The faculty and staff at St. Stephen's go above and beyond to support students every day, and now is certainly no exception. This unique set of circumstances may bring with it new scenarios where students require pastoral support. It can be challenging to know how to support a struggling student on the best of days, let alone through Zoom, Google Meet, or email. The nursing and counseling teams are still here to provide any guidance to faculty should it be useful. If you have any concerns about a member of our community's physical or mental health, please reach out to or to AbbyCarlo, or Phil.

For managing stress, the School’s Wellness Center website has several suggestions and videos about calming anxiety and keeping healthy during coronavirus quarantine.

School counselors also filmed a short conversation over Zoom in which they provided some advice and useful things to consider as the community finds useful ways to support students:

In the links below are resources that specifically address supporting students throughout this period:

Health Precautions

The health of our community is our top priority. We realize the extraordinary social distancing measures and the ongoing uncertainty of COVID-19 are incredibly challenging. We hope you find the resources on this page helpful in maintaining your overall health and wellbeing. We'll continue to add to these resources over time.

Facts as explained in CDC Guidelines about COVID-19 infection

The severity of COVID-19 infection ranges from mild to severe. The World Health Organization and the Centers for Disease Control include the following Symptoms, which may appear 2-14 days after exposure to the virus. People with these symptoms or combinations of symptoms may have COVID-19:

What you need to know

  • Anyone can have mild to severe symptoms.
  • Older adults and people who have severe underlying medical conditions like heart or lung disease or diabetes seem to be at higher risk for developing more serious complications from COVID-19 illness.

Watch for symptoms

People with COVID-19 have had a wide range of symptoms reported – ranging from mild symptoms to severe illness. Symptoms may appear 2-14 days after exposure to the virus. People with these symptoms may have COVID-19:

  • Fever or chills
  • Cough
  • Shortness of breath or difficulty breathing
  • Fatigue
  • Muscle or body aches
  • Headache
  • New loss of taste or smell
  • Sore throat
  • Congestion or runny nose
  • Nausea or vomiting
  • Diarrhea

This list does not include all possible symptoms. CDC will continue to update this list as we learn more about COVID-19.

When to seek emergency medical attention

Look for emergency warning signs* for COVID-19. If someone is showing any of these signs, seek emergency medical care immediately:

  • Trouble breathing
  • Persistent pain or pressure in the chest
  • New confusion
  • Inability to wake or stay awake
  • Bluish lips or face

*This list is not all possible symptoms. Please call your medical provider for any other symptoms that are severe or concerning to you.

Call 911 or call ahead to your local emergency facility: Notify the operator that you are seeking care for someone who has or may have COVID-19.


Caring for yourself or others

What is the difference between Influenza (Flu) and Covid-19?

Influenza (Flu) and COVID-19 are both contagious respiratory illnesses, but they are caused by different viruses. COVID-19 is caused by infection with a new coronavirus (called SARS-CoV-2) and flu is caused by infection with influenza viruses. Because some of the symptoms of flu and COVID-19 are similar, it may be hard to tell the difference between them based on symptoms alone, and testing may be needed to help confirm a diagnosis. Flu and COVID-19 share many characteristics, but there are some key differences between the two.

While more is learned every day, there is still a lot that is unknown about COVID-19 and the virus that causes it. This page compares COVID-19 and flu, given the best available information to date.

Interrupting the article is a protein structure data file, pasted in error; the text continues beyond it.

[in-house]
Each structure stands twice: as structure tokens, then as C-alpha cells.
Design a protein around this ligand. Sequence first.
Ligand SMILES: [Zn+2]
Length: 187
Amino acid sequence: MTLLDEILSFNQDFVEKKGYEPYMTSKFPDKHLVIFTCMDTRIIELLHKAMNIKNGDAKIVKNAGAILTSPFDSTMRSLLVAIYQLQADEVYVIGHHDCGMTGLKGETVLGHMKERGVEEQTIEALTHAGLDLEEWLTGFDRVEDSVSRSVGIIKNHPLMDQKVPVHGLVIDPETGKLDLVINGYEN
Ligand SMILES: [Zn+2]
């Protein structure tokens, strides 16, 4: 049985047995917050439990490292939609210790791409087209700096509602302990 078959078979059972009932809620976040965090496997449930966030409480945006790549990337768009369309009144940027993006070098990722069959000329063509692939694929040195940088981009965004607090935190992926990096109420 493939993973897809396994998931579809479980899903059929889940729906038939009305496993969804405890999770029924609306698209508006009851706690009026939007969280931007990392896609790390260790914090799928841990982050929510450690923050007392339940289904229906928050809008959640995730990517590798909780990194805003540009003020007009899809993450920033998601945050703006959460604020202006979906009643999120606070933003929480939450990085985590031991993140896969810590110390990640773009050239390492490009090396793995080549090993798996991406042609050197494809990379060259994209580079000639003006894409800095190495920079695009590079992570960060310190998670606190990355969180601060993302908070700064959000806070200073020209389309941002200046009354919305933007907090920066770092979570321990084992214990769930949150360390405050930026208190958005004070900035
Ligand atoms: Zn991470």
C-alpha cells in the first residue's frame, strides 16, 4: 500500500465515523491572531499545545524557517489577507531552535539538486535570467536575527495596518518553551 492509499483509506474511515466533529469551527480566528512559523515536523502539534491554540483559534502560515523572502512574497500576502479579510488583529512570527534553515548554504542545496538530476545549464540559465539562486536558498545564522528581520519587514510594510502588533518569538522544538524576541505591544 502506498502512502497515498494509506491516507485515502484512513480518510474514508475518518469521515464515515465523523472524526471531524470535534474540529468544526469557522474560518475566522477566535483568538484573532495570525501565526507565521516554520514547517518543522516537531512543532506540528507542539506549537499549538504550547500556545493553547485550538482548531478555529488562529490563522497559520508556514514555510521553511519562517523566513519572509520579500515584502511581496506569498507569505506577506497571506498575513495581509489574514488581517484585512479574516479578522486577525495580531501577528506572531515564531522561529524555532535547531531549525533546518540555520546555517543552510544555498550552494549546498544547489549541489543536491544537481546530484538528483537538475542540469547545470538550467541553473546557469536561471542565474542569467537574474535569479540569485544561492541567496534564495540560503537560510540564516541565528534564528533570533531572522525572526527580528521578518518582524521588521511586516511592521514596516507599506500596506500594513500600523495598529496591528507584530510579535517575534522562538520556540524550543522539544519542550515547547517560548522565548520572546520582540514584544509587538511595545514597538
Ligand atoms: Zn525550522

Is there a cure or a vaccine?

There is currently no vaccine to prevent COVID-19 infection. Clinical trials for a vaccine and effective treatment solutions are underway in many countries, but at the moment, the best way to prevent infection is to avoid being exposed to this virus.

Precautions You and Your Family Can Take

Stay-at-home and Social Distancing

  • Adhere to local government and department of public health stay-at-home orders.



  • Wash your hands often with soap and water for at least 20 seconds. Use an alcohol-based hand sanitizer if soap and water are not available. Please remind your children to wash hands after coughing or sneezing, before, after and during food preparation, after toilet use, and after coming in contact with animals.
  • Cover your mouth and nose with a tissue or your sleeve (not your hands) when coughing or sneezing.
  • Remind children to throw tissues in closed bins immediately after use.
  • Avoid touching your eyes, nose, or mouth with unwashed hands.
  • Clean and disinfect frequently touched objects and surfaces.


Wear a Mask

 Health organizations such as the CDC and the WHO recommend face coverings or masks when in public settings. While face coverings do no eliminate the need for physical distancing of at least one meter, they do add an additional layer of protection.


Official Resources

Below are several organizations that offer the most up-to-date information on Coronavirus.

  1. Call Italy’s 112 emergency number if you believe you have symptoms.  English speaking operators are available. You can also find additional numbers here.
  2. The W.H.O. (World Health Organization) and the CDC (Centers for Disease Control)
  3. INMI:
  4. Italian Ministry of Health:


Our community is taking every precaution it can to keep your children safe. We encourage you get in touch with us should you have any questions or if you need additional information.


On March 9th, the Italian government closed all schools throughout the country in its efforts to control the spread of COVID-19. Since then, St. Stephen's has transitioned to a remote teaching and learning environment for our three hundred students.

St. Stephen's students will continue to participate in classes online until the government issues guidelines on when and how schools across the country may reopen.

Based on current data and projections for COVID-19, the School will be back in session in September 2020. However, the School's Contingency Planning Committee is also reviewing the possibility of exam sessions in June and is in ongoing discussions with local authorities about graduation ceremonies. Please check the bi-weekly updates from the Head of School regarding this subject.